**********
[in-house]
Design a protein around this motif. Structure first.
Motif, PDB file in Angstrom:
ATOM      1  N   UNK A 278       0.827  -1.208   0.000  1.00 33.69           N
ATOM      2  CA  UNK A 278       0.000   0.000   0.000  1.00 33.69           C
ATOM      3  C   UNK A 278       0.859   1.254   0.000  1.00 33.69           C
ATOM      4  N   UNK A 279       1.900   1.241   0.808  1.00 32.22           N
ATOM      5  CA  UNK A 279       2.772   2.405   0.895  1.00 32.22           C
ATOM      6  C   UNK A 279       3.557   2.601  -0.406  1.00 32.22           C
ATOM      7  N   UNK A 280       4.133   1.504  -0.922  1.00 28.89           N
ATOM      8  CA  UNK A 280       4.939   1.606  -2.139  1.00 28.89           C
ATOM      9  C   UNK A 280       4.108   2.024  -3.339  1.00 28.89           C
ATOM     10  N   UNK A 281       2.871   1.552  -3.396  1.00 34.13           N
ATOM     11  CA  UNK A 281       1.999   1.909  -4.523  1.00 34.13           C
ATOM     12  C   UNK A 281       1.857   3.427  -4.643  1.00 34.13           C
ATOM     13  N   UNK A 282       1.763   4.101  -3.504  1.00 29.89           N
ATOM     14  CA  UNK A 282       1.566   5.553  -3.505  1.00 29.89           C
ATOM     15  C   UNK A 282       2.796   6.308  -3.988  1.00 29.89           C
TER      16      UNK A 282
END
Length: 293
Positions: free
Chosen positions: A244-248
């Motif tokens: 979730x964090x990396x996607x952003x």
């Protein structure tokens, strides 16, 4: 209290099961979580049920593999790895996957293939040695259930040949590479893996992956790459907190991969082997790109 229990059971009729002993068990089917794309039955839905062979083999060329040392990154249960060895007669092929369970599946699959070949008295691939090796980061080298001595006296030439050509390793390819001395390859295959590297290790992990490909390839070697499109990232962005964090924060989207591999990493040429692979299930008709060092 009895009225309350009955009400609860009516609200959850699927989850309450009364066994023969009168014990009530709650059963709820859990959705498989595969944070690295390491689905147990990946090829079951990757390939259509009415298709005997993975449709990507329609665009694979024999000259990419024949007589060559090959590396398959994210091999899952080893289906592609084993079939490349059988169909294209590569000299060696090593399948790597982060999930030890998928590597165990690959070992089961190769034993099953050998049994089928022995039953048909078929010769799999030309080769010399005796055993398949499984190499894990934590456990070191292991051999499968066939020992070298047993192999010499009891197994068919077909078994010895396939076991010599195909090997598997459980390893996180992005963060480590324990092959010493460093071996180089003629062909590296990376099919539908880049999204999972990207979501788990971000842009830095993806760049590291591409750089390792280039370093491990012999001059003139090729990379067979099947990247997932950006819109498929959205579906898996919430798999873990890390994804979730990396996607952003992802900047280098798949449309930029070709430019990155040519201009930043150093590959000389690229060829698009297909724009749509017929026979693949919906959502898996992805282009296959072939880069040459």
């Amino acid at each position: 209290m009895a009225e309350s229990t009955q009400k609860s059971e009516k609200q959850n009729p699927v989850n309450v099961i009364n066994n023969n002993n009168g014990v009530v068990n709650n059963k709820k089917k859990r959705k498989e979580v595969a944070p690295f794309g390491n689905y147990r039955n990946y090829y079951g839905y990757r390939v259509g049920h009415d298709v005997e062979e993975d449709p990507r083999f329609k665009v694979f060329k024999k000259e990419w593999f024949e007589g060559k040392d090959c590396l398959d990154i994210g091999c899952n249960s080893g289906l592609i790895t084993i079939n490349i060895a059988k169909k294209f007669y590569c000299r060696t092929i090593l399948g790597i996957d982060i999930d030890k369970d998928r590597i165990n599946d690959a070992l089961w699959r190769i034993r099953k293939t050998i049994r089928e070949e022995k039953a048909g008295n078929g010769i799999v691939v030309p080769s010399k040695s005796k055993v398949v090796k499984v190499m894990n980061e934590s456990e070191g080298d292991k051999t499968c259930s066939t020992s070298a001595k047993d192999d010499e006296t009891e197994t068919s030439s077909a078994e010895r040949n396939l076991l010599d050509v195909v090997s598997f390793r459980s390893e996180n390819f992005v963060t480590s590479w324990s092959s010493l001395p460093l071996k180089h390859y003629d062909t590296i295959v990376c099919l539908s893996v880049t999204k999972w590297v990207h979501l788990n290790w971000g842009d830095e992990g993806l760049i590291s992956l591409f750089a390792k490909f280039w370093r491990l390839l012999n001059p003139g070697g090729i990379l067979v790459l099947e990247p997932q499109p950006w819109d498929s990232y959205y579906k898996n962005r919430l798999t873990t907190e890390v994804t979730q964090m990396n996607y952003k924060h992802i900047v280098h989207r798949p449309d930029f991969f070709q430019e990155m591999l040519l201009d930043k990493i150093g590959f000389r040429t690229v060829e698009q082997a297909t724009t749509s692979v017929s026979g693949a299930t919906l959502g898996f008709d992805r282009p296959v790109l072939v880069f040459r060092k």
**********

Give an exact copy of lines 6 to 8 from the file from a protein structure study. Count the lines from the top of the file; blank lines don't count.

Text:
ATOM      3  C   UNK A 278       0.859   1.254   0.000  1.00 33.69           C
ATOM      4  N   UNK A 279       1.900   1.241   0.808  1.00 32.22           N
ATOM      5  CA  UNK A 279       2.772   2.405   0.895  1.00 32.22           C